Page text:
For the youthful, there are Boy Scouts and Wolf Cubs, Girl Guides and Brownies, Girls' Guildry, who meet in the Co-operative hall, and a local football club, Gairdoch Juveniles, who have a field in the village.

SkinfIats-Bothkennar. Near to Carronshore is the small village of Skinflats, set in the rather indefinite area known as Bothkennar. Bothkennar itself is made up of a few small farms. but most of the working inhabitants of Skinflats are employed in the industries of Grangemouth burgh. Glensburgh adjacent to Grangemouth, is now no more than a dwindling row of dwelling-houses.

Education is provided by a staff of two in the pleasant new wood and red-brick school, Bothkennar Primary, which was opened on 13 September 1961. During the year prior to its opening, classes for the fifty pupils were held in Bothkennar Church hall.

The Bothkennar miners' welfare hall in Skinflats provides the only community centre there and a small store which, being open outwith the hours of the Co-operative Society shops, which provide almost the only alternative, offers, for all its size, a valuable service. Bothkennar post office stands on the northern outskirts of Skinflats, next to the only public house. As in Carronshore, the people of Skinflats-Bothkennar are driven afield for their entertainment and shopping to Falkirk and Grangemouth. The Carronshore-Skinflats-Bothkennar area has been described by an authority as 'peaceful and law-abiding.' Gone, apparently, are the days when 'Ye think because 1 come f'ae Carronshore 1 canna fecht?' was the prelude to an inevitable brawl!

Polmont. The village of Polmont lies on the Glasgow-Edinburgh road some three miles from Falkirk, but in spite of the busy traffic the village is a quiet place. Most of the men are employed in Grangemouth. but there are several small firms in and around Polmont. Two bacon- curing factories, one quite large, a market garden, from the greenhouses of which come tomatoes and cut flowers, another enterprise known locally as 'the berries,' which provides some seasonal employment in fruit picking, a pig farm, two motor deputs, one bclonging to a wholesale potato merchant, the other to a frozen fish firm' and two clay mines, are all to be found in the area.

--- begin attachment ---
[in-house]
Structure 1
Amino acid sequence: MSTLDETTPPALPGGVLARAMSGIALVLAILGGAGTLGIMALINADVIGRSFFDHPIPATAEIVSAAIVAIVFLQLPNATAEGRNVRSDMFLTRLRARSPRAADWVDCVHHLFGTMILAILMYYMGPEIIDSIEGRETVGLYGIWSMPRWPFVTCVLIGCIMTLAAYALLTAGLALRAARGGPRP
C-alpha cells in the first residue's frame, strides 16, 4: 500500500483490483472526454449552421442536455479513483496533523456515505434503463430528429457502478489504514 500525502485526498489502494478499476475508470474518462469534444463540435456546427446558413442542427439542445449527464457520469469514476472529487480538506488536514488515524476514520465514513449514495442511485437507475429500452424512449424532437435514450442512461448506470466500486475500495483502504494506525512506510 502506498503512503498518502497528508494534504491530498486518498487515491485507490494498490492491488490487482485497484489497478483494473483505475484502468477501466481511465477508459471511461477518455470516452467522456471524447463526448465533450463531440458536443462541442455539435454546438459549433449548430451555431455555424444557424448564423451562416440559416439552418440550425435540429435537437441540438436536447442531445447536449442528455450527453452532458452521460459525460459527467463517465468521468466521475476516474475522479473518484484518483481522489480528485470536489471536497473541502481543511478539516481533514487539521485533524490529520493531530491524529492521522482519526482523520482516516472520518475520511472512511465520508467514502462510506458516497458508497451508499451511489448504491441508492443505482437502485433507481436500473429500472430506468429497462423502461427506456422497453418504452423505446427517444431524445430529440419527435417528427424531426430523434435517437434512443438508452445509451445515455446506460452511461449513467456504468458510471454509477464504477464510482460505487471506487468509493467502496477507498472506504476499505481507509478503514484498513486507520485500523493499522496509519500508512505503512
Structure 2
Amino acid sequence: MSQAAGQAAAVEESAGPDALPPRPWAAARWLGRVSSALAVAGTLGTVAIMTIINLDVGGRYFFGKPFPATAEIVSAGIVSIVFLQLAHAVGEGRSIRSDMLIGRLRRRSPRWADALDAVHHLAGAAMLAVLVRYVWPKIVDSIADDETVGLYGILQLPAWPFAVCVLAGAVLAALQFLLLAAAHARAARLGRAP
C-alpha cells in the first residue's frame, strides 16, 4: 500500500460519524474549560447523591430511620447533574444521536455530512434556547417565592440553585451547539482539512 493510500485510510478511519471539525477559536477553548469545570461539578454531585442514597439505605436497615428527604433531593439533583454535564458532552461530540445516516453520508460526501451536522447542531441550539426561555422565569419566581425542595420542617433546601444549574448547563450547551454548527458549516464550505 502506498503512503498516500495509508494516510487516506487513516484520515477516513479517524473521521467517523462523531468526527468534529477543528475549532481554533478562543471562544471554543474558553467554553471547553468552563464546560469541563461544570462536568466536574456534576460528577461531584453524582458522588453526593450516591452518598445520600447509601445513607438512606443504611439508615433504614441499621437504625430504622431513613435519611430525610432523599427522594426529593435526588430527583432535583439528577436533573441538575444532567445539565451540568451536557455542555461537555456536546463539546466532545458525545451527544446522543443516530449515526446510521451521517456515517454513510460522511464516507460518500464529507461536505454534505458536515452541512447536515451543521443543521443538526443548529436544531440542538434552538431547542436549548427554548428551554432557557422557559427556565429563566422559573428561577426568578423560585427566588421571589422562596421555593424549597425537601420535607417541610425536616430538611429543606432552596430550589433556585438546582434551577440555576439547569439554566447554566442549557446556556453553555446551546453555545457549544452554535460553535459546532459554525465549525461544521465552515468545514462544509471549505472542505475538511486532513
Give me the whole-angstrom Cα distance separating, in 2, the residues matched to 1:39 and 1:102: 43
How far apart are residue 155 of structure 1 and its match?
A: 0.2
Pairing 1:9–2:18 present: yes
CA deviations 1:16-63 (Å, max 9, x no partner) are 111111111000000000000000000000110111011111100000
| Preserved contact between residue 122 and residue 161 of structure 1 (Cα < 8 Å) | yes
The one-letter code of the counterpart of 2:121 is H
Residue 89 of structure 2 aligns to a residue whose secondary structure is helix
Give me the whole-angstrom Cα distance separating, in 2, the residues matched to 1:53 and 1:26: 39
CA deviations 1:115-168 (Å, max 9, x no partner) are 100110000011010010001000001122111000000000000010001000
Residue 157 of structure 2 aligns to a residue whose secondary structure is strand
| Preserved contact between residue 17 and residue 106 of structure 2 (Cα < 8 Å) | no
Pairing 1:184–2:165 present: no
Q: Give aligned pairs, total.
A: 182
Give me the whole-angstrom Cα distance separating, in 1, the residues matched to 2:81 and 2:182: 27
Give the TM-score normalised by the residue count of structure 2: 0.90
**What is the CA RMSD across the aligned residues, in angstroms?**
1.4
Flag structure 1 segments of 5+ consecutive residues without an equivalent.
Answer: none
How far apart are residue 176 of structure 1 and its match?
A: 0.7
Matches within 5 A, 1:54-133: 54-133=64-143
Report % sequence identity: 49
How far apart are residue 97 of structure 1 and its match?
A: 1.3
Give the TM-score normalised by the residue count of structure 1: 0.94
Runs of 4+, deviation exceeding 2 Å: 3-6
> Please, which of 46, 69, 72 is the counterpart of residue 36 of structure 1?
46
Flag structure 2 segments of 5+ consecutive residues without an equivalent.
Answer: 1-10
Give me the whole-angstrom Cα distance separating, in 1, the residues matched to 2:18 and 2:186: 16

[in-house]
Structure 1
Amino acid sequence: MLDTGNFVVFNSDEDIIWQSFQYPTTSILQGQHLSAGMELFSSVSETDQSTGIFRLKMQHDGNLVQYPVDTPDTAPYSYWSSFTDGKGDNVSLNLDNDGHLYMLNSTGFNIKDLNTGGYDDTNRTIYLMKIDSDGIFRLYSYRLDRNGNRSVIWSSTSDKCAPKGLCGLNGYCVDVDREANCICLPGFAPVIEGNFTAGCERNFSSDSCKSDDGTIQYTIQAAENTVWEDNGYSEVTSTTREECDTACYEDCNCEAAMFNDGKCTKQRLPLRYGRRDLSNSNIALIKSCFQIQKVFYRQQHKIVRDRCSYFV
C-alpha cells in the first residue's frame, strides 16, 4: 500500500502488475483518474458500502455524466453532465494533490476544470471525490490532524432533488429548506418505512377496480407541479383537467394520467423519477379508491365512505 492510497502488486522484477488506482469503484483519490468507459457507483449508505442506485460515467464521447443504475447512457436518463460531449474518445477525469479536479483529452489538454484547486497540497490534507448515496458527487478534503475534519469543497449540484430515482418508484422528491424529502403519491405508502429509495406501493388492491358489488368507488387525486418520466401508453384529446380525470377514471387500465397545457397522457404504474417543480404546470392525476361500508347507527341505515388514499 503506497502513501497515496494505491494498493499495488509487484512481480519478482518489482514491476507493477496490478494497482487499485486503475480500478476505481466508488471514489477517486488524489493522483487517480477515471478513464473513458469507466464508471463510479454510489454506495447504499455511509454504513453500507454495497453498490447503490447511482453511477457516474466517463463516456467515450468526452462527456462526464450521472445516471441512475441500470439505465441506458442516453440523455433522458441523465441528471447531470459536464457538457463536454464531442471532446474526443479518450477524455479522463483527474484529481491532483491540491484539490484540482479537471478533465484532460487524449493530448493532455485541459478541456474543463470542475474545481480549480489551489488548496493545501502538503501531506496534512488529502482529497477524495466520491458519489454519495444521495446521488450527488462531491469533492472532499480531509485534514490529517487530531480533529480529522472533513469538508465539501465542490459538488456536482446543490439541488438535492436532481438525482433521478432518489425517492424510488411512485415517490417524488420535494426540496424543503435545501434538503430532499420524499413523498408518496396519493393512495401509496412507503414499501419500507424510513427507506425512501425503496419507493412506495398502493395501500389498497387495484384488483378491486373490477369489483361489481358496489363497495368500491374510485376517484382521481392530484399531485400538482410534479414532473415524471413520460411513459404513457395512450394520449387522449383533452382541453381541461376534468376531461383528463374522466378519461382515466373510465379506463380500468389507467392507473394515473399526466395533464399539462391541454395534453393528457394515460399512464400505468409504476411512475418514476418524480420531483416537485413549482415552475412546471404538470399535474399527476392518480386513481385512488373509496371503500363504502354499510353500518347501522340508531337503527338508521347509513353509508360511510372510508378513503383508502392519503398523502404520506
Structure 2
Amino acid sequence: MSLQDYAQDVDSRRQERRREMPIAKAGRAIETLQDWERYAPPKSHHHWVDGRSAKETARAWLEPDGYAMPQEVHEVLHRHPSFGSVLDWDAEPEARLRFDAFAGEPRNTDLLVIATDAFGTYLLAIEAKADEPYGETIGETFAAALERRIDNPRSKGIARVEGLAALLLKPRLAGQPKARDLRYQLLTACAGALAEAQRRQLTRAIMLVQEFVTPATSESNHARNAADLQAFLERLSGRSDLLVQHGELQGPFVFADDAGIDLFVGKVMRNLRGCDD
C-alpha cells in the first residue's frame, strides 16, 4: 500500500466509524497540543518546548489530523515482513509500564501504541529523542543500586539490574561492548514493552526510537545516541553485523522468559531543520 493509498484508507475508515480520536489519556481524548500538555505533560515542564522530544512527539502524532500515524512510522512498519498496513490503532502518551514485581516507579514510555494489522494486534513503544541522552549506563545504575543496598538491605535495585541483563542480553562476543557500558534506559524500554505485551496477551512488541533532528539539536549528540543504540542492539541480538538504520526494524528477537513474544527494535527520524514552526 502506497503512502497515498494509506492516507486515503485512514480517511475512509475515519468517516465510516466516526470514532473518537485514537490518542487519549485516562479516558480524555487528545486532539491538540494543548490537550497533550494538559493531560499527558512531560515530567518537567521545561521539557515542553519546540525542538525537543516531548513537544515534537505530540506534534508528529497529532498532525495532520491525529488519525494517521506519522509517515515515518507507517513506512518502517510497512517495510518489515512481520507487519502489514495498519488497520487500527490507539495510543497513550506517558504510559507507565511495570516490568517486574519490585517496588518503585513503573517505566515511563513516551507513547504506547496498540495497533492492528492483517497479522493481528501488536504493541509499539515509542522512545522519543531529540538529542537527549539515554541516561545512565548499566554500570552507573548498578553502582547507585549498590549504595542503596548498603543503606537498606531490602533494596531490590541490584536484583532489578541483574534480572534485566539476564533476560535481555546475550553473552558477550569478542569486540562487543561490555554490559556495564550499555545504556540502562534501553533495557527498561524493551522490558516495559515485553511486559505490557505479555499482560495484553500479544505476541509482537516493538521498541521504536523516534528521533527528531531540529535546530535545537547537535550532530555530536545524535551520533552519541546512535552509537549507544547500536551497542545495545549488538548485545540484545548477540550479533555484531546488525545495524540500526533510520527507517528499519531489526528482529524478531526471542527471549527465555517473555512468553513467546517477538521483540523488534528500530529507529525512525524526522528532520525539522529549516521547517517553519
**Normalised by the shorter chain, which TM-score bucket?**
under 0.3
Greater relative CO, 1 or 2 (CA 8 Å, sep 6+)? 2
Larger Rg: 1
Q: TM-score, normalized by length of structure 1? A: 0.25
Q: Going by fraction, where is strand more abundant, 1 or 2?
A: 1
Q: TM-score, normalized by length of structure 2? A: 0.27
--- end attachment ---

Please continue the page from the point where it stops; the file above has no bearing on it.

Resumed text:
Polmont Primary School has 68 pupils ann a staff of three. Shops are scarce in Polmont, there being only two and a Co-operative department. One of the shops is post office and licensed grocery. There is one public house and two fully-licensed hotels, one recently extended to house a public bar and ten-pin skittle alley.

Polmont North Church has a recreation hall, where youth organisa-' tions and the Old People's committee meet. The only other hall is a new wooden construction owned by the W.R.I. There is a flourishing horticultural society, and outside the actual village is the nine-hole Polmont goff course. Falkirk, again, provides this village with shops and entertainment, but there is much coming and going with neighbouring Brightons. Most organisations in Brightons - Toc H, British Legion. Masonic Lodge, Bowling Club, Scouts and Guides have members from Polmont.

Two of the local estates have been broken up, that of the late Captain Harvie of Weedingshall being now used by Stirling county council as a children's home, and part of the estate of the late Colonel Alan Stein is now a private housing scheme, Millfield estate.